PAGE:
Another concern is that this remedy asks listeners to throw away information. I’ve seen Bob’s beliefs change, and that is actual real evidence that Bob was wrong initially whatever I want to try to declare as a norm. Even if I agreed on paper that throwing away the information would be a better social norm, I wouldn’t expect myself to actually do it.
One way to do this is just to take a maximally cynical perspective on everyone else’s belief reports: if Bob’s beliefs change and Alice’s don’t, I can just remind myself that Alice’s apparent epistemic virtue is likely to be a result of unconscious efforts look smart, and so feel equally good about Alice and Bob (until ultimately updating in favor of one or the other when evidence actually comes in).
I think that evaluating epistemic virtue is one of many areas where a healthy view requires a complicated balance between taking people straightforwardly and interpreting everything through a lens of unbounded cynicism.
Predict others’ belief changes
Instead of using Bob’s February prediction to judge Bob’s January prediction, we could try to use some other source as our “rational” estimate in February. For example, I could compare Bob’s estimate in January to my estimate in February, to decide how reasonable I think that Bob is.
Using this strategy literally wouldn’t work. For example, suppose that in January Alice and I agree that there is a 50% probability of a recession, while Bob thinks there is a 75% chance. Come February, if no one changes their mind, I’m going to conclude that Bob is unreasonable, purely because he disagrees with me. This is a recipe for epistemic catastrophe.
It’s more reasonable to interpret Bob as making a prediction about how my beliefs will change—Bob isn’t saying that I’m going to agree with him about the 75% probability in February, he is saying that he thinks that on average my view will go up.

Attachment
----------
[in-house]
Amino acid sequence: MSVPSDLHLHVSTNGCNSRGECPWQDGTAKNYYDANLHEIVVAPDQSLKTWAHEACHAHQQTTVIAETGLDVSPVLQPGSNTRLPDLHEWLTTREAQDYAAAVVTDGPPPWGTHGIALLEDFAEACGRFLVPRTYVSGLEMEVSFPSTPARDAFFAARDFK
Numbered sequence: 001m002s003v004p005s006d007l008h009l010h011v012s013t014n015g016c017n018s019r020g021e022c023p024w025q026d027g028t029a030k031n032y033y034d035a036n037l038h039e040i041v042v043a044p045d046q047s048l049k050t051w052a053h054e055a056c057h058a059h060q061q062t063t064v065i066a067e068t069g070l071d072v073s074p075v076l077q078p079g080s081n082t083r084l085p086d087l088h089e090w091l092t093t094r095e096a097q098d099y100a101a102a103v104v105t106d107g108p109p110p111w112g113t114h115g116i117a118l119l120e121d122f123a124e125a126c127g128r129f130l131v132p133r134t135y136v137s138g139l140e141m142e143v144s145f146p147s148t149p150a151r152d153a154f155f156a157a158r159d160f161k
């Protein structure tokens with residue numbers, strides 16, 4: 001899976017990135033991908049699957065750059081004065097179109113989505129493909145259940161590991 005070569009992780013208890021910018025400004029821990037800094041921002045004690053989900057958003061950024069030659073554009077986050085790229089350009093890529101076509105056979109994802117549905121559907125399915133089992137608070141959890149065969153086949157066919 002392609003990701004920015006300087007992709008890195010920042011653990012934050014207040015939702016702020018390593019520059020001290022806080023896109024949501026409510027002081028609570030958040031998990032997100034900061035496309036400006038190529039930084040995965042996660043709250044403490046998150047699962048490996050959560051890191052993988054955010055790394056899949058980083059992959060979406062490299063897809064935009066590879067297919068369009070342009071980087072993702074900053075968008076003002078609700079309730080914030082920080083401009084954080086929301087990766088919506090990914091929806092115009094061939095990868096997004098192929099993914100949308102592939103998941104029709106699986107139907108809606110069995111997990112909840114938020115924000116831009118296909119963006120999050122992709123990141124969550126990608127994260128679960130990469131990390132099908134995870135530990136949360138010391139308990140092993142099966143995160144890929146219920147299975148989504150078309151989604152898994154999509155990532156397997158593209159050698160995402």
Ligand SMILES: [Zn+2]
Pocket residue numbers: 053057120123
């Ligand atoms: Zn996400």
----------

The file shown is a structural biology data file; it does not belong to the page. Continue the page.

It would be better still to ask Bob to make an explicit prediction about how my beliefs will change, and evaluating those predictions. After all, it’s perfectly consistent for Bob to think that there is a 75% probability that a recession will occur, but that it’s very unlikely that I’m going to learn anything new over the next month—or even that my probability to go down over the next month. This would have to be coupled with the previous remedy, ignoring Bob’s belief changes as direct evidence.
Predicting belief changes introduces a wrinkle: each person ends up with a different estimate of Bob’s epistemic virtue. We can harmonize our estimates by looking at Bob’s predictions about some consensus estimate, but this would reintroduce problematic incentives. Though it’s a bit annoying, I think that’s probably the way it should be—what I really want to know is how much I should trust Bob, and understanding how well Bob can predict my own future beliefs is a pretty useful indicator of how much I personally should trust him.
There are some advantages from having more implicit agreement about relative epistemic virtue, but I think that those advantages are often overestimated, the cost of agreement are often underestimated, and that such an agreement is almost guaranteed to be a political topic even if no one involved is consciously reasoning politically.
Having noticed that sluggish updating is a thing, it’s tempting to respond by just penalizing people when they seem to update sluggishly. I think that’s a problematic response:
- I think the rational reaction to norms against sluggish updating may often be no updating at all, which is much worse.
- In general combating non-epistemic incentives with other non-epistemic incentives seems like digging yourself into a hole, and can only work if you balance everything perfectly. It feels much safer to just try to remove the non-epistemic incentives that were causing the problem in the first place.
- Sluggish updating isn’t easy to detect in any given case. For example, suppose that Bob expects an event to happen, and if it does he expects to get a positive sign on any given day with 1% probability. Then if the event doesn’t happen his probability will decay exponentially towards zero, falling in half every ~70 days. This will look like sluggish updating.